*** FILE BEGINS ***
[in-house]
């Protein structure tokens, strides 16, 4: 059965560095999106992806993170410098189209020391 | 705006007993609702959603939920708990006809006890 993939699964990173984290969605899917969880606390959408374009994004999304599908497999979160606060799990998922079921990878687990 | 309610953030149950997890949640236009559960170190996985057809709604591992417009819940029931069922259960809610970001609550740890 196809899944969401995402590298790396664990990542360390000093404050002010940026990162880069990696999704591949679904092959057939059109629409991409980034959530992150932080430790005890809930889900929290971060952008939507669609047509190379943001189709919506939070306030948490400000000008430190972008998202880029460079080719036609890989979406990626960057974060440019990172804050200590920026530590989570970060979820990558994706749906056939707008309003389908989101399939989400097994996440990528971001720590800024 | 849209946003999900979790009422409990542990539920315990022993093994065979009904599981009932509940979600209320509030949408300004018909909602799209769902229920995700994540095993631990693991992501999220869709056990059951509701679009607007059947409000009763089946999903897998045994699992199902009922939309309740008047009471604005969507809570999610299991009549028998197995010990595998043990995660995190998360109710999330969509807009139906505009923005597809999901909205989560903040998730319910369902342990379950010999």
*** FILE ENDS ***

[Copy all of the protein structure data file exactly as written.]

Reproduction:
[in-house]
């Protein structure tokens, strides 16, 4: 059965560095999106992806993170410098189209020391 | 705006007993609702959603939920708990006809006890 993939699964990173984290969605899917969880606390959408374009994004999304599908497999979160606060799990998922079921990878687990 | 309610953030149950997890949640236009559960170190996985057809709604591992417009819940029931069922259960809610970001609550740890 196809899944969401995402590298790396664990990542360390000093404050002010940026990162880069990696999704591949679904092959057939059109629409991409980034959530992150932080430790005890809930889900929290971060952008939507669609047509190379943001189709919506939070306030948490400000000008430190972008998202880029460079080719036609890989979406990626960057974060440019990172804050200590920026530590989570970060979820990558994706749906056939707008309003389908989101399939989400097994996440990528971001720590800024 | 849209946003999900979790009422409990542990539920315990022993093994065979009904599981009932509940979600209320509030949408300004018909909602799209769902229920995700994540095993631990693991992501999220869709056990059951509701679009607007059947409000009763089946999903897998045994699992199902009922939309309740008047009471604005969507809570999610299991009549028998197995010990595998043990995660995190998360109710999330969509807009139906505009923005597809999901909205989560903040998730319910369902342990379950010999």